Wednesday, October 4, 2023

30 years ago, my pregnant wife delivered newspapers with me (the paper for which I was also a sports writer)

Terry looked like this and still helped me deliver papers. What a trooper.
(Photo used with the express permission of Mrs. Terry Tennant.)

It was 1993. Terry and I had been married a little more than a year and she was pregnant with our first child, Elissa. I was about a year and a half into my stint as a full-time sports writer for The News-Herald in Willoughby, Ohio, and generally loving life.

I've written before about my time at the N-H. I started as a sports clerk a week before college, left for a year to join the Cleveland Plain Dealer while still at John Carroll, then came back full time in November 1991 while still six months away from earning my degree.

My tenure at the paper spanned a combined eight years, during which I covered a wide range of high school, college and professional sports. What's more, while the paper itself was one of the largest suburban dailies in Ohio, the staff was relatively small and we all had to do double duty.

That meant nights when I would travel somewhere to cover a game, come back to the office and write my story, then grab a few pages from the next day's sports section to lay out before our midnight deadline.

It was an exhilarating way to make a living for a young newlywed, coming as it did at a time when people actually read newspapers.

The job didn't exactly pay well, so I looked for extra sources of income wherever I could. One of my side jobs was as a carrier for the same newspaper where I was employed.

For eight months or so, I delivered The News-Herald every day to residents of East 300th Street, Lincoln Road and Arlington Circle in my hometown of Wickliffe (we lived on 300th, so it was all very convenient).

On Sundays, I would load the extra-large papers into our car and Terry would drive the route while I walked and delivered to each of my customers. She would get out and deliver papers herself to the few businesses on my route, including the Wickliffe Public Library.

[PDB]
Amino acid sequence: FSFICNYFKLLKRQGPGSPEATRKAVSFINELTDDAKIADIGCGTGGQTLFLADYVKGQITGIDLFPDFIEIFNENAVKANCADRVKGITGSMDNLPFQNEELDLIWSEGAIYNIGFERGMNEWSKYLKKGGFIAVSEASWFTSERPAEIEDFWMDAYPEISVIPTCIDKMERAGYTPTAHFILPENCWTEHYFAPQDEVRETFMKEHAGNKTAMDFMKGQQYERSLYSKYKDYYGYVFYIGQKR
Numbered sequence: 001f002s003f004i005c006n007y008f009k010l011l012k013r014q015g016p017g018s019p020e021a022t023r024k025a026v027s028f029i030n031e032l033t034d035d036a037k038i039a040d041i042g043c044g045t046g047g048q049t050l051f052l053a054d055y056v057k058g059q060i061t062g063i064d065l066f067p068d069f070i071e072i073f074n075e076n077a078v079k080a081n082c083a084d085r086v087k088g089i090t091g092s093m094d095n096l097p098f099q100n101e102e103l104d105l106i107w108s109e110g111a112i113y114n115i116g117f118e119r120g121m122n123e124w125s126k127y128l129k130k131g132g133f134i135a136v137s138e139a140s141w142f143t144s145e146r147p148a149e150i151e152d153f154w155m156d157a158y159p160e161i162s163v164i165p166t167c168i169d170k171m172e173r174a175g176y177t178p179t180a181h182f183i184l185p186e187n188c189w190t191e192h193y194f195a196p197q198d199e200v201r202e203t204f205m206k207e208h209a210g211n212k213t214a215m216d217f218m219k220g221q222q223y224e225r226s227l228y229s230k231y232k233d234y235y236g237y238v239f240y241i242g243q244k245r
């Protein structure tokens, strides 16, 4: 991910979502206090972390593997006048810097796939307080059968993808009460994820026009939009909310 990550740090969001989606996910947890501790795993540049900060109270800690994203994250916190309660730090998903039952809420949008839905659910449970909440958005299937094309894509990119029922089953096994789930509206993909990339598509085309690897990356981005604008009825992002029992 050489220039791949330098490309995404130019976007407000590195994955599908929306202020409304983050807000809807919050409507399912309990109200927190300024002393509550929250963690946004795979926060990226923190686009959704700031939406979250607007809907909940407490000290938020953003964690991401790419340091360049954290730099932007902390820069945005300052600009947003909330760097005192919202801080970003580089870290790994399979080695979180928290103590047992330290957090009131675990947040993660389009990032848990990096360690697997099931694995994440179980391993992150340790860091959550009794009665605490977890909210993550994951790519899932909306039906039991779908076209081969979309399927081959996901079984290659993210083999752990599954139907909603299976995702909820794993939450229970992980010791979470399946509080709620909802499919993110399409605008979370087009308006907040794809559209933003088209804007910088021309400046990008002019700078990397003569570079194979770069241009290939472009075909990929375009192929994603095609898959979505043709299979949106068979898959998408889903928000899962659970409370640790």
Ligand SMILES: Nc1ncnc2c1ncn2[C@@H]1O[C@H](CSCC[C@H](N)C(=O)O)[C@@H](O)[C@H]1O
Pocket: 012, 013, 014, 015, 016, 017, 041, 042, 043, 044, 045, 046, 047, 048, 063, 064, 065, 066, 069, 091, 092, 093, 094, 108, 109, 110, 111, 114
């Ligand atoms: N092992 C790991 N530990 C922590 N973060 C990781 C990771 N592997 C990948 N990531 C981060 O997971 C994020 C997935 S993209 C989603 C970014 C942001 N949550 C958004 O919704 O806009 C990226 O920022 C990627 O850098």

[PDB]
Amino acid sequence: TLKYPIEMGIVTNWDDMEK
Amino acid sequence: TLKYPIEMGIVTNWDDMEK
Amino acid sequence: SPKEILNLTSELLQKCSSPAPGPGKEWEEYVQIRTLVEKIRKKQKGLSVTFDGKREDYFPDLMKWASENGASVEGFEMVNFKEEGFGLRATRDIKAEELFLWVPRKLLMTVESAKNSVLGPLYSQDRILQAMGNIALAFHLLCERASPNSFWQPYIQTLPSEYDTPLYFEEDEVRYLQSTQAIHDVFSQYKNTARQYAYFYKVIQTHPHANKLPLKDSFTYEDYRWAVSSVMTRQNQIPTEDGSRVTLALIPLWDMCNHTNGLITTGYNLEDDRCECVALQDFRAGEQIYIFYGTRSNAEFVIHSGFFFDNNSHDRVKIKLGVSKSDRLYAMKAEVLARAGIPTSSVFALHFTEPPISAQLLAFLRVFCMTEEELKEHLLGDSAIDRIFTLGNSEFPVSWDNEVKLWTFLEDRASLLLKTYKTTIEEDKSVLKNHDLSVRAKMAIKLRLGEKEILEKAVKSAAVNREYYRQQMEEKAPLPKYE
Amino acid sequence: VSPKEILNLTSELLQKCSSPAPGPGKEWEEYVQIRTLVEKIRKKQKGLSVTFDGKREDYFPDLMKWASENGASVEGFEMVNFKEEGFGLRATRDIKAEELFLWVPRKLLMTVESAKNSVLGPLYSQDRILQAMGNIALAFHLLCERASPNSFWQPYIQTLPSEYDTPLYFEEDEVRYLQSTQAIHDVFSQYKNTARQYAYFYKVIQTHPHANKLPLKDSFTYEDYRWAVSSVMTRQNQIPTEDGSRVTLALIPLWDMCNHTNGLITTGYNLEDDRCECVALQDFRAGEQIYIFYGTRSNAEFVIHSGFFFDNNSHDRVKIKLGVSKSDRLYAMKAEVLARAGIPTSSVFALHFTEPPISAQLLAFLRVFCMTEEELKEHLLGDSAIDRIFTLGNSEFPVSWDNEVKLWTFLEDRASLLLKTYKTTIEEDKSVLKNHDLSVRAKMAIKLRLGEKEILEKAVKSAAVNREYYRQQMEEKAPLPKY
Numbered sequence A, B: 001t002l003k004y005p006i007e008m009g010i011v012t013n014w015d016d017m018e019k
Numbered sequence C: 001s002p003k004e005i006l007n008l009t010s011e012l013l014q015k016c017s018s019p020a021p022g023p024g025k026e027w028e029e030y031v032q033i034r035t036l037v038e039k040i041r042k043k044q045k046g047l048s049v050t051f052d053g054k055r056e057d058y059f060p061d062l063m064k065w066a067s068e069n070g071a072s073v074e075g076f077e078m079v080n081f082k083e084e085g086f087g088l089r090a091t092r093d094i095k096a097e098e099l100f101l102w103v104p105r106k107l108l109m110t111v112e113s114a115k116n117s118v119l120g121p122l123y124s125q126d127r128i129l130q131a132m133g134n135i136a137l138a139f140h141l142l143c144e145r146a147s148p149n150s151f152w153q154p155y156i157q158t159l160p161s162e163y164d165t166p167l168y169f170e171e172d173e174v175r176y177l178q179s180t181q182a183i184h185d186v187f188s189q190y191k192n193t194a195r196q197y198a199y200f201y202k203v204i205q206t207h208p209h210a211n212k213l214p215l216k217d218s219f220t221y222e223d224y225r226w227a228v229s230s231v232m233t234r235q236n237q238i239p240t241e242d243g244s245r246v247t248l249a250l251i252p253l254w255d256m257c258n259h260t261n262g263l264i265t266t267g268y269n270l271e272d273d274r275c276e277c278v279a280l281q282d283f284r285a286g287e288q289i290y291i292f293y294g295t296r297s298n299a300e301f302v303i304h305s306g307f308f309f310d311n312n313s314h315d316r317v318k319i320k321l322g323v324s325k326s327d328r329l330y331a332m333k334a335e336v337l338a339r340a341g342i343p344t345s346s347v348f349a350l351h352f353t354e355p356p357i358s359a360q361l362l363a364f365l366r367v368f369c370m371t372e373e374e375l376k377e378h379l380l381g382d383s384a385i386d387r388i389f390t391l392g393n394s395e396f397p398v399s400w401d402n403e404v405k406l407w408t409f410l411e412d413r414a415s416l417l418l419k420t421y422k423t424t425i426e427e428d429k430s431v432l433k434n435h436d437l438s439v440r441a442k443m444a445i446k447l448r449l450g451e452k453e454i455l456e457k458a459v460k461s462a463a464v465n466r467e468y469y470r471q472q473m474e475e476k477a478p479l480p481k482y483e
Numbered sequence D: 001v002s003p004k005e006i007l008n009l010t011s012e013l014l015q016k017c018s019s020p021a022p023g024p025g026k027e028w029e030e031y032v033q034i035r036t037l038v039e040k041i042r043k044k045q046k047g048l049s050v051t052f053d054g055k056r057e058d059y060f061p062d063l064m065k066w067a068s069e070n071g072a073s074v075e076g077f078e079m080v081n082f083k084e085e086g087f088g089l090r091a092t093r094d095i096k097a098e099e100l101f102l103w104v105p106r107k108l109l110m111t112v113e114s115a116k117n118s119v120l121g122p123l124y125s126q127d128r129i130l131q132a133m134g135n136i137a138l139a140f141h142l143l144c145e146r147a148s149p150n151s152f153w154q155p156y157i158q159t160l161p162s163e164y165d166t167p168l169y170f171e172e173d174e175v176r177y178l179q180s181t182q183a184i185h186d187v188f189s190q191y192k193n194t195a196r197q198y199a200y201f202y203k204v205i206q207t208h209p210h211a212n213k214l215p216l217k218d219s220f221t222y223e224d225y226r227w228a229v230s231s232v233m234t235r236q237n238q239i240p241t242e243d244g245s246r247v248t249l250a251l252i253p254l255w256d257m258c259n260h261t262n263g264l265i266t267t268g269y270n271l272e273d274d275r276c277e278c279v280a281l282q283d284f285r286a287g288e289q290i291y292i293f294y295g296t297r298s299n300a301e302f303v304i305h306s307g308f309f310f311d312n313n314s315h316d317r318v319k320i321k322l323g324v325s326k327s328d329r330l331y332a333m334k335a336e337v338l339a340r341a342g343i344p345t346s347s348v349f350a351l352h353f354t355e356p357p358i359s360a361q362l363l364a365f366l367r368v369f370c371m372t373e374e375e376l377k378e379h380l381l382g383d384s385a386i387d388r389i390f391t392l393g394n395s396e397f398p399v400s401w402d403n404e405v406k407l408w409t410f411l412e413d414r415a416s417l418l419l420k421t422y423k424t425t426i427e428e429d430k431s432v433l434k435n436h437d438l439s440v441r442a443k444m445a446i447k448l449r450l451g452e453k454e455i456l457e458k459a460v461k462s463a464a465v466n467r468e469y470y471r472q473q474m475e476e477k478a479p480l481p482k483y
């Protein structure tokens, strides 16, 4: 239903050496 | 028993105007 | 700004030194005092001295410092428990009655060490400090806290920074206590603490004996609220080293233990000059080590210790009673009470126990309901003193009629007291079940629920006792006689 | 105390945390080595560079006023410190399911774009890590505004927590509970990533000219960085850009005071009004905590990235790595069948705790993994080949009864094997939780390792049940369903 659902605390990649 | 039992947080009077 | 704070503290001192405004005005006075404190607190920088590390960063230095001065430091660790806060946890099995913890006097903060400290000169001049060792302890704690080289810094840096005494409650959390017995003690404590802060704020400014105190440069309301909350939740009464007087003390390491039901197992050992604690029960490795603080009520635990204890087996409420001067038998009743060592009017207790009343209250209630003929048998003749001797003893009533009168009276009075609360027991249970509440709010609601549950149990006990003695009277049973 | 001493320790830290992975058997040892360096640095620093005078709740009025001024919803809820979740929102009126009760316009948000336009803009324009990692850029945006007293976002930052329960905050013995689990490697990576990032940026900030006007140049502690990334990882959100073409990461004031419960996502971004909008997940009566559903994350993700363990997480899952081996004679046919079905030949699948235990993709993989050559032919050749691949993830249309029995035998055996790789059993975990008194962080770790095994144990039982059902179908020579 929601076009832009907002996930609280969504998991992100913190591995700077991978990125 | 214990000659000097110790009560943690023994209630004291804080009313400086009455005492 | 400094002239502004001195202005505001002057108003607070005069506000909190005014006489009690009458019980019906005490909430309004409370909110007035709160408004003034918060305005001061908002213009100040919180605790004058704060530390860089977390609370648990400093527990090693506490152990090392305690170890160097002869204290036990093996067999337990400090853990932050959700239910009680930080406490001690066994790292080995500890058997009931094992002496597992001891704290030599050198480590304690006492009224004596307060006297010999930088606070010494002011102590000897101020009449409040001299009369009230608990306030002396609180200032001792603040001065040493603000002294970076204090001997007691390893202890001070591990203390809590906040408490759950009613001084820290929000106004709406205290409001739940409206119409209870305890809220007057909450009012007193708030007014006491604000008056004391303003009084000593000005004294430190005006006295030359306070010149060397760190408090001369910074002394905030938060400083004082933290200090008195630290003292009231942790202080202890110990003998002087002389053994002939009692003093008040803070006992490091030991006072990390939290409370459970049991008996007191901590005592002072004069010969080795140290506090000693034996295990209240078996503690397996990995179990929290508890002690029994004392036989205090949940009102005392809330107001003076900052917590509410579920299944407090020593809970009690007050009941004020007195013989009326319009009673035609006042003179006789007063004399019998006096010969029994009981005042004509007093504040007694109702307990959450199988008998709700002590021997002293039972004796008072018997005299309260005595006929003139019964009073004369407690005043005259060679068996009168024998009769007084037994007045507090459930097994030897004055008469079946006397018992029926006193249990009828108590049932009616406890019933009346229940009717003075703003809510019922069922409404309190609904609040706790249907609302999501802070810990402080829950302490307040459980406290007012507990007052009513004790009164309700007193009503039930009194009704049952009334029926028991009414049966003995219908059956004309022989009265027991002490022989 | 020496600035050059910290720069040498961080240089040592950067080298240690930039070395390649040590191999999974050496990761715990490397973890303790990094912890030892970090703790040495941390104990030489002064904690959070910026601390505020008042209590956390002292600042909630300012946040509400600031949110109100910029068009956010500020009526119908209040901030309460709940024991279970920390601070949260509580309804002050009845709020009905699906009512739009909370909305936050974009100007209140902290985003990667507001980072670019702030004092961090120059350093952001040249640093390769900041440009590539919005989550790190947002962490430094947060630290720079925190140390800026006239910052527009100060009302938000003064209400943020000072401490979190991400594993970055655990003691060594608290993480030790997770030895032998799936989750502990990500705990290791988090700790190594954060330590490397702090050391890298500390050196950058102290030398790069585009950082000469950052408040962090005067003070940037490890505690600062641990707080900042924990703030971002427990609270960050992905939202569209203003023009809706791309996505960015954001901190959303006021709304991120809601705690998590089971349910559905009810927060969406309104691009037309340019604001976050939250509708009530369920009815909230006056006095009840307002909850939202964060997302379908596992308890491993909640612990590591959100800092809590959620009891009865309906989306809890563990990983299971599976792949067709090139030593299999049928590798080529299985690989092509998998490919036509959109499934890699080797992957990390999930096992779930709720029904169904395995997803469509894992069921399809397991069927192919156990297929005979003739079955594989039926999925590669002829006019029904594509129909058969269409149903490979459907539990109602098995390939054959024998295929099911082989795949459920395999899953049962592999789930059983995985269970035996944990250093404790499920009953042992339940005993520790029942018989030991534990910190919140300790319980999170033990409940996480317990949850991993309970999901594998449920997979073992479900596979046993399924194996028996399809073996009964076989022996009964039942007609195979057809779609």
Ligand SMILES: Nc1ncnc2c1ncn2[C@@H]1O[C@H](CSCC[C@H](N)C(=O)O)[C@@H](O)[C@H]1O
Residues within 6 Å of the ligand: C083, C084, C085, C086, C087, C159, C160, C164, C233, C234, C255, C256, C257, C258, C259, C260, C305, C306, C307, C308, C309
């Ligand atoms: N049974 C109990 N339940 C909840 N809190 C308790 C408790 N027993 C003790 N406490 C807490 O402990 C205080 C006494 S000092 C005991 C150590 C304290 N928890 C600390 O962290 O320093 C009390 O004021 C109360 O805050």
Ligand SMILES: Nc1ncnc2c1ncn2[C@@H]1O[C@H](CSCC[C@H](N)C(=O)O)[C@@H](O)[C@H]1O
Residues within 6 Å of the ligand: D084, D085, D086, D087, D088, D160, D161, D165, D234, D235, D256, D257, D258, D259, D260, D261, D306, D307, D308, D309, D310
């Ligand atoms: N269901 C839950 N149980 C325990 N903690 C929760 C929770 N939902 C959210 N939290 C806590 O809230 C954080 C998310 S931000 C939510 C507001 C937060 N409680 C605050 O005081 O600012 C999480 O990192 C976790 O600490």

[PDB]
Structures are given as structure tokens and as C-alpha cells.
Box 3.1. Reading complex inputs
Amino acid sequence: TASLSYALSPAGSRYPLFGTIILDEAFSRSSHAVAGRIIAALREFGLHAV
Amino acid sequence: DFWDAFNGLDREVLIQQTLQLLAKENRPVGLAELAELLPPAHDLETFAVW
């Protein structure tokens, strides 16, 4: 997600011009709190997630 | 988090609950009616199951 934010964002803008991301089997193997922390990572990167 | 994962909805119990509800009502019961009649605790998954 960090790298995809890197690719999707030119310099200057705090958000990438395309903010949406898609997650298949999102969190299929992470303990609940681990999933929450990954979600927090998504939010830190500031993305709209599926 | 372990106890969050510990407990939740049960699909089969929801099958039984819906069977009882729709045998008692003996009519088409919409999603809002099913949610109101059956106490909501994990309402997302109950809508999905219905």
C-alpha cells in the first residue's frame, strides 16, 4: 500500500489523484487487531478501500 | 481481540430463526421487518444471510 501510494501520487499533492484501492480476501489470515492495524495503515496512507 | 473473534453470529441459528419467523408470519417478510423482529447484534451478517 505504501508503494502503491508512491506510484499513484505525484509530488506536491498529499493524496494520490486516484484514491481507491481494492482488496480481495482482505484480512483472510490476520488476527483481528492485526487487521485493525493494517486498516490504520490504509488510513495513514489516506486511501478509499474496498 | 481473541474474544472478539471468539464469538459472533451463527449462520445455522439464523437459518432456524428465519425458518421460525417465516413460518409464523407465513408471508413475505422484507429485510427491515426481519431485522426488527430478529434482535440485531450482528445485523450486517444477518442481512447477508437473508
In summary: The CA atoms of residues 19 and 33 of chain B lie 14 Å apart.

I will never forget the image of a very, very pregnant Terry in the middle of winter 1994 trudging through the snow in her long parka to leave a paper near the library's front door.

I will also never forget Mrs. Piacente, one of my customers on Lincoln. Many Saturday mornings she would greet me just as I was opening her side door to deposit a paper and ask me what articles I had in that day's edition. She also asked me to do a few odd jobs for her, including changing the batteries in her kitchen clock and knocking icicles off her gutters.

I was always happy to help, but the whole thing made me laugh. It was full-service journalism and then some! (And hey, she tipped well.)

Elissa was born in March 1994, and a month later The News-Herald switched from afternoon to morning delivery. That was when I had to give up the route.

I stayed with the paper another 2 1/2 years as a sports writer before moving on to technical writing and eventually corporate communications.

But if there was ever a time when I built a work ethic, it was back in those days when I would work in the newsroom until 2 in the morning, go home and sleep, and be up again mid-morning the next day to deliver my papers.

To be young again.

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